What is COPE?

COPE is the Committee on Practice and Education which is one of the standing committees of the North Carolina Association of Public Health Nurse Administrators. The membership consists of an elected chair, an appointed  representative from each of the seven NCAPHNA regional groups, the Public Health Nurse Continuing Education and Research Specialist, four  members appointed by the NC Deans representing Baccalaureate education including one representing Higher Degree education in Public Health Nursing, and an appointed representative of the North Carolina Board of Nursing serving as an ex-officio member.

What are the duties of COPE?

The Bylaws adopted by the NCAPHNA state the duties as follows:

  1. Actively monitor the Nurse Practice Act and all other rules and prohibitions affecting nursing practice in North Carolina.
  1. Assess public health nursing practice needed in local health departments. Determine the extent to which public health nursing practice fulfills legal mandates and assures efficient, effective delivery of services.
  1. Determine the basic educational preparation required to assure safe, legal and desirable public health nursing practice.

Historical Information on COPE and NCAPHNA*

The North Carolina Association of Public Health Nurse Administrators evolved into the group it is today from it’s beginnings in the mid 1940’s.  In the mid to late 1930’s the first Public Health Nurse Consultants were appointed by the State Board of Health and made responsible for the development of the Public Health Nursing (training) Program in North Carolina. Initially nurses received their training at schools outside NC and returned to NC for field training. The early training consisted of six months of classroom work and three months of field training in an approved health department. The students were assigned to a staff advisor, a senior public health nurse. The consultants arranged sites for the field training and oversaw the information needed for awarding federal scholarships for the nurses.  In 1941 nurses could for the first time receive their classroom training in North Carolina with the establishment of the Public Health Nurse Certificate Program at the University of North Carolina School of Public Health in Chapel Hill.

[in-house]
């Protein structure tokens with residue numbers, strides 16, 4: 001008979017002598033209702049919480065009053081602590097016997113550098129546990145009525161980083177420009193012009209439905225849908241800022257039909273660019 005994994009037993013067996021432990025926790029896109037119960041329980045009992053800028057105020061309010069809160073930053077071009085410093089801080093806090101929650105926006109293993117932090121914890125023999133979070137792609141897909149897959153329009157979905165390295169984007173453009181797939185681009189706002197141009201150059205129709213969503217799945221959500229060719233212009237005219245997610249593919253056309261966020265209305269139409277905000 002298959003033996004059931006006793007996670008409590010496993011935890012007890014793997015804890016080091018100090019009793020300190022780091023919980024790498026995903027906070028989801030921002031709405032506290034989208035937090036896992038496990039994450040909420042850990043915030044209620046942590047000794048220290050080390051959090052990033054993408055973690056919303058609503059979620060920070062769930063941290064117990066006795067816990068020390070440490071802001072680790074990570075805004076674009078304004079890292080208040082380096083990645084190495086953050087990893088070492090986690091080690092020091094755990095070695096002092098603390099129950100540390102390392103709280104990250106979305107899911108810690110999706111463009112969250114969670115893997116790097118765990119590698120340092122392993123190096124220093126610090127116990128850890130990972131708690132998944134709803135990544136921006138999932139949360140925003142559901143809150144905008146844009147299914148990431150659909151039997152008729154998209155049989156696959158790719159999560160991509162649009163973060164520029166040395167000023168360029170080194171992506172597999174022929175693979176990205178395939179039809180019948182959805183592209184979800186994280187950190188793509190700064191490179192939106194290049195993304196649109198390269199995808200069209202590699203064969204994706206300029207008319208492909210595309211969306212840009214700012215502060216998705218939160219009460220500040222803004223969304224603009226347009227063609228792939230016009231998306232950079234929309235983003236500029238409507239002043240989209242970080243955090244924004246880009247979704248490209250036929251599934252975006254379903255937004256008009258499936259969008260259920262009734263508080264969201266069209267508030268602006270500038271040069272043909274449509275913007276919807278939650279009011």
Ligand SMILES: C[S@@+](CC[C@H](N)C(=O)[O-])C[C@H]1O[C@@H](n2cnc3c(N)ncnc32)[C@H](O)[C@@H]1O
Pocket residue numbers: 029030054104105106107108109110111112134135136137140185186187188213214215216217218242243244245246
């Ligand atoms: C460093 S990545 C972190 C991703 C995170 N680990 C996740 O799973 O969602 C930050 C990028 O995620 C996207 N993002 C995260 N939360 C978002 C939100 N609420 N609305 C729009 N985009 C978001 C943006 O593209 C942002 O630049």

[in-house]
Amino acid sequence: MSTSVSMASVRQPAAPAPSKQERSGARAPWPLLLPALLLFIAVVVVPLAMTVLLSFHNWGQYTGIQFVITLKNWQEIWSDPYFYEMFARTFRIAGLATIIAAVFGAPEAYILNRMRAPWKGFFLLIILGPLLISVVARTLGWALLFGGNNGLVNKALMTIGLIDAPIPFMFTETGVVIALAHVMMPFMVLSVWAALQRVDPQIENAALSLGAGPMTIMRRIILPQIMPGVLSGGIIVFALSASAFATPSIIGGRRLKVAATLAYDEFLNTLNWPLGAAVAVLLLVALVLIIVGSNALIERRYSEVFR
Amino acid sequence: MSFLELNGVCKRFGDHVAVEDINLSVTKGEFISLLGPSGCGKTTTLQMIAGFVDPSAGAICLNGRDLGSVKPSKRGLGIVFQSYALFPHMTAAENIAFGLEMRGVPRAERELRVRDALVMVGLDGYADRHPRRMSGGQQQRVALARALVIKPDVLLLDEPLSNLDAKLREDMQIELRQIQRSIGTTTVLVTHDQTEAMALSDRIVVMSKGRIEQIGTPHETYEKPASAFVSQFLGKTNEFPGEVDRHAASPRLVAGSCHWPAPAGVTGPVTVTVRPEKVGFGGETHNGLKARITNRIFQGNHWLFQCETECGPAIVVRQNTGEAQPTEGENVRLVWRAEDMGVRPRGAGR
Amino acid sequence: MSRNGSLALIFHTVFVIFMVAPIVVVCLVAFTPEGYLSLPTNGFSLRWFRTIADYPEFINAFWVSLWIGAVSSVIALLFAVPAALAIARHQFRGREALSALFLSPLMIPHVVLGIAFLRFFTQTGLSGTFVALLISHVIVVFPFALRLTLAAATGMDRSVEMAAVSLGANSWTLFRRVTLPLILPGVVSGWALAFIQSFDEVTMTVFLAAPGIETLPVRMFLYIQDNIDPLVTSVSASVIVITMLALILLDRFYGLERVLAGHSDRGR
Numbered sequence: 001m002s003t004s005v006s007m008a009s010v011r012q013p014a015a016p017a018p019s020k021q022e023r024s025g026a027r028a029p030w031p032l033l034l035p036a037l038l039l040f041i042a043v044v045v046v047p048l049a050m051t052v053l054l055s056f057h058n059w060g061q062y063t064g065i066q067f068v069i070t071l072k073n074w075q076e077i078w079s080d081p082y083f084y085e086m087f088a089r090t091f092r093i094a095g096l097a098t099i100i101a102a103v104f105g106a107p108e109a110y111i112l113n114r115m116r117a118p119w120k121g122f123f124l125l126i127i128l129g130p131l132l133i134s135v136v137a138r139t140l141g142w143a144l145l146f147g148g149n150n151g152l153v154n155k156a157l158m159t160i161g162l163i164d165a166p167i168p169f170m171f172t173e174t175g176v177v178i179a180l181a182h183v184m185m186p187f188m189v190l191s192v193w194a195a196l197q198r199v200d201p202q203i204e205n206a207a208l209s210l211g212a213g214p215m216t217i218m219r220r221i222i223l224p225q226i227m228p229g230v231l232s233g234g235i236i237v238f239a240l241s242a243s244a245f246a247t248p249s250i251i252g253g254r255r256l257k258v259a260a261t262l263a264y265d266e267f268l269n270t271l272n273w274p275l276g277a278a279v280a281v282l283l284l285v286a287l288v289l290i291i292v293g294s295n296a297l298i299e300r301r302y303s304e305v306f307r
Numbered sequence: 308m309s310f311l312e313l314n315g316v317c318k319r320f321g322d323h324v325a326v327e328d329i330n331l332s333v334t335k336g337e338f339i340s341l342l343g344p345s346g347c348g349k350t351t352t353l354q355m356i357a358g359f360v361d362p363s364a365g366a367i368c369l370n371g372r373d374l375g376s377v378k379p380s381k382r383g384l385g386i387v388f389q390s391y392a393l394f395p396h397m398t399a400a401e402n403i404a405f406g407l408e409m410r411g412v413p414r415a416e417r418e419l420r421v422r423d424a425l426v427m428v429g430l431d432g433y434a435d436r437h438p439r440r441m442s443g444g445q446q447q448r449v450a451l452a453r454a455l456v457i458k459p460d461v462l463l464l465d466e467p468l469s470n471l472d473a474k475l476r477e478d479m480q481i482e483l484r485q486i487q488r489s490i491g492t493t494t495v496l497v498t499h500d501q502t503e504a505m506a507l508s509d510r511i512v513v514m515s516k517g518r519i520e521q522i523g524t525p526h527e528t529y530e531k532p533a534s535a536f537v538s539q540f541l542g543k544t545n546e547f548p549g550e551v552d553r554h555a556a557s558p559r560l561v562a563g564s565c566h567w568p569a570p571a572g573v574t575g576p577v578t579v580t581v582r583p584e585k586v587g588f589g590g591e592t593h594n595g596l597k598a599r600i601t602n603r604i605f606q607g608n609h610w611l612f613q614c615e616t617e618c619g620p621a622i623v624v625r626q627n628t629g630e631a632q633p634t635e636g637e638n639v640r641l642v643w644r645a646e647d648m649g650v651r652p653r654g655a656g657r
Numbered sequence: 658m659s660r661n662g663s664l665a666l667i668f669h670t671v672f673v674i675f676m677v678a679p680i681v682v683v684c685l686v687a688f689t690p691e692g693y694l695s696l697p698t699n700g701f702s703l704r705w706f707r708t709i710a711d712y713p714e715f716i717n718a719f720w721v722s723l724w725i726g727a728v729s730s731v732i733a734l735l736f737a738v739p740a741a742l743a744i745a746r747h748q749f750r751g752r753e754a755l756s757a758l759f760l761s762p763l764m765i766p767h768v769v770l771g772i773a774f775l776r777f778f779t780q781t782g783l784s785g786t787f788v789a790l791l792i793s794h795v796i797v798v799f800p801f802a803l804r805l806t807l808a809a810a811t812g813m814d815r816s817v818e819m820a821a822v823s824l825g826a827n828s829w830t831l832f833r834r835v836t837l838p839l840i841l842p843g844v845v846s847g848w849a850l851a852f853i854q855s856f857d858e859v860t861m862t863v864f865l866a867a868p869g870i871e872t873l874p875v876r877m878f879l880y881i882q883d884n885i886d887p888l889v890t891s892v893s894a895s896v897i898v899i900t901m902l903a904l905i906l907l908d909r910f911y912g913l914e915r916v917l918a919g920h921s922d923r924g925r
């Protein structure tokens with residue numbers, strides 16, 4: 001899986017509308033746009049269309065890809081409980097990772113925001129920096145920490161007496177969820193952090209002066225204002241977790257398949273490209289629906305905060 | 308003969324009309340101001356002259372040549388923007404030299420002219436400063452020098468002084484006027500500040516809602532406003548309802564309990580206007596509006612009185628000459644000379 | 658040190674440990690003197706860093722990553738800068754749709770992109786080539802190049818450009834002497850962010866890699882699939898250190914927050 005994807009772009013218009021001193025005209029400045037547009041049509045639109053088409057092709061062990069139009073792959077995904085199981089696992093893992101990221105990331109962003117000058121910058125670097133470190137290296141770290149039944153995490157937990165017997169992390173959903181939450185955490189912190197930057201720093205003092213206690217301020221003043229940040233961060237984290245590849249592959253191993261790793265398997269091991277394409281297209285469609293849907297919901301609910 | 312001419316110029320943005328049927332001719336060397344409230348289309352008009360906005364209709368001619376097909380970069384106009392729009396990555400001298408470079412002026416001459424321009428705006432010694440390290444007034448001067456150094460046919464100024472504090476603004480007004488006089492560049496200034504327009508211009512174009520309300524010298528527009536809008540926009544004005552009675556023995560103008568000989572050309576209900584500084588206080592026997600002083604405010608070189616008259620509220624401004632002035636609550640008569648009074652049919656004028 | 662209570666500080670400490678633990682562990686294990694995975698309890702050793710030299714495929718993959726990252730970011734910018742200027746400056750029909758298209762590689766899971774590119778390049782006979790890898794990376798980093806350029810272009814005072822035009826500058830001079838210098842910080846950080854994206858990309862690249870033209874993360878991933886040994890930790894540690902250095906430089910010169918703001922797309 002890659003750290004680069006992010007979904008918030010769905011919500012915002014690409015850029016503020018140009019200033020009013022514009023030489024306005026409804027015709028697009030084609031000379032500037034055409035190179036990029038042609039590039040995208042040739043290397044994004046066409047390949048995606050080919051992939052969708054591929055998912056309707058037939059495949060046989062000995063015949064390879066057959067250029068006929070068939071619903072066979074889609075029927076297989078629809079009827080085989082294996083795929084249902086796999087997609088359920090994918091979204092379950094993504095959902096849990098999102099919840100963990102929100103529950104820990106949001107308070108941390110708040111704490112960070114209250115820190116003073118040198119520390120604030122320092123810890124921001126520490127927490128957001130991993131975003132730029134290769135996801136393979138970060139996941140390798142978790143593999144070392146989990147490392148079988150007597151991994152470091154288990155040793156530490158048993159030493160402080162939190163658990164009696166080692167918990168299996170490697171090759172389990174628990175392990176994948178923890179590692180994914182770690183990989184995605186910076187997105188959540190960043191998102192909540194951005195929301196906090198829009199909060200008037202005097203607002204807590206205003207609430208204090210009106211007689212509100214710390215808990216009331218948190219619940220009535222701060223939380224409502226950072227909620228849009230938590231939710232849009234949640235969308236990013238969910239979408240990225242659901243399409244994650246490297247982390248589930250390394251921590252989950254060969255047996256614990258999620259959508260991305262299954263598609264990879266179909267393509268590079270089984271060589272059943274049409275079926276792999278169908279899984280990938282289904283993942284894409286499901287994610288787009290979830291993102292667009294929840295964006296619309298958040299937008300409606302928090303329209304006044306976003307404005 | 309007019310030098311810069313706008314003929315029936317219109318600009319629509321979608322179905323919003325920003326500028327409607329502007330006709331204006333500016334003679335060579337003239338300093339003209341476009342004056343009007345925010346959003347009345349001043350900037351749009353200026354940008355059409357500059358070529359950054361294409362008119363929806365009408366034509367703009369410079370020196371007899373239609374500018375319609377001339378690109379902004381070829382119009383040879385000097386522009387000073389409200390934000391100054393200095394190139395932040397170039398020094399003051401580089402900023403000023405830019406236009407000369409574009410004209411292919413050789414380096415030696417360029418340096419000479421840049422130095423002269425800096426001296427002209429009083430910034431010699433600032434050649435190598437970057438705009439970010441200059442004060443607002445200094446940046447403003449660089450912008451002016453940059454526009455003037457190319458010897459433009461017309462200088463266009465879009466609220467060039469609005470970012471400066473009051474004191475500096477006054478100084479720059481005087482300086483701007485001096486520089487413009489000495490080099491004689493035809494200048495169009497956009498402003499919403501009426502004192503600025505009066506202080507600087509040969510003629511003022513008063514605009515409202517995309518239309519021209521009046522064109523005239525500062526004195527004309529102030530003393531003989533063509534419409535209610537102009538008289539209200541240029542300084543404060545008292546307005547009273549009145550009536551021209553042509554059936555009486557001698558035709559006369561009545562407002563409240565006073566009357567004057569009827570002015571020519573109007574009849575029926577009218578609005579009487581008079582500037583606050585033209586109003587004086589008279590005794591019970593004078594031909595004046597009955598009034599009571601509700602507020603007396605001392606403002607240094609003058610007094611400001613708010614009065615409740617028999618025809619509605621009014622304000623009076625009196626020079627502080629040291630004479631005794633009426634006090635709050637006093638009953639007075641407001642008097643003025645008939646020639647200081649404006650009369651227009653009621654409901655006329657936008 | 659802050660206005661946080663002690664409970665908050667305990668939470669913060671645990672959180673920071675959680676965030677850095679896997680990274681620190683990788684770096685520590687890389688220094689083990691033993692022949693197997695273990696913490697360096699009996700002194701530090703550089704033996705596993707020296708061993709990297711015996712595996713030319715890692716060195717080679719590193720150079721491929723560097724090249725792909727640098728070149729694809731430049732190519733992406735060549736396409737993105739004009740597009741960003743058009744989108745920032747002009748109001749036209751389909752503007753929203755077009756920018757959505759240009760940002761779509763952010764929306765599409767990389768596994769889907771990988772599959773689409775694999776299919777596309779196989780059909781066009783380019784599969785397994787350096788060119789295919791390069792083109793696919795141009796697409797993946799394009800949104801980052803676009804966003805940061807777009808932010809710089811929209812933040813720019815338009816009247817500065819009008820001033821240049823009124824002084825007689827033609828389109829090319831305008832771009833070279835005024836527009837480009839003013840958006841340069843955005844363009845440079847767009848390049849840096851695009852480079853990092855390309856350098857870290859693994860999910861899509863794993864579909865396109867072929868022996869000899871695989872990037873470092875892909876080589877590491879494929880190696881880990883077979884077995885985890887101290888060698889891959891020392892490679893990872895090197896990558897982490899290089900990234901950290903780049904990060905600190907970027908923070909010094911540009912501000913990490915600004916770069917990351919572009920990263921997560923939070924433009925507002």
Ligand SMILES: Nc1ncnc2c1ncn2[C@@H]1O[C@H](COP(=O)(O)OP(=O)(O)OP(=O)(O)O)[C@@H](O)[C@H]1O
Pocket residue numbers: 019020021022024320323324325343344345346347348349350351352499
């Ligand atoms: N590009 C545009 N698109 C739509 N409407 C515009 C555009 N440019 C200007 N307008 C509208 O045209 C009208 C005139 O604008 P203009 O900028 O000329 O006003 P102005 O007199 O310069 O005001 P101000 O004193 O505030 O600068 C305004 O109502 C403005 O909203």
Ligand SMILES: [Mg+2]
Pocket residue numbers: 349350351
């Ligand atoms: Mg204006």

The Lead Nurse Consultant’s need to consult with the local supervisors about the student nurses’ field training program as well as  the total Public Health Nursing Program led to the establishment of the North Carolina Supervising and Consultant Public Health Nursing Group. The title was later changed to the North Carolina Conference of Public Health Nursing Supervisors, Directors and Consultants and then to the current title. Historical information on meetings is available from the mid l940’s.

COPE was initially appointed in November 1979 by this group as an Ad Hoc committee to study Public Health Nursing Practice in the state. One of their charges was to survey the Public Health nurses and nurse leaders in the local health departments to ascertain what is expected of public health nurses and from that to develop a set of competencies for PHN’s at different levels of practice. Utilizing work done in other states, particularly South Carolina, the committee developed competencies which were adopted in November of 1982.  In l985 COPE was instructed by the Governing Board to review the 1982 PHN competencies. Using the ANA Standards of Community Health Nursing Practice and the North Carolina Nurse Practice Act as the framework, the PHN I competencies were revised and adopted by the Governing Board  in April l986. These competencies were again revised and adopted in January 2000 and can be found in the Public Health Nurse Manual of the NC Department of Health and Human Services, 2003.

*Information obtained from “History of the North Carolina Conference of Public Health Nursing Supervisors, Directors, and Consultants” Historical Committee, September 6, 1983; The Public Health Nurse Manual, NCDHHS, 2003; North Carolina Association of Public Health Nurse Administrators Bylaws , December 2000.

Ellen Shope, RN
Chair, COPE Committee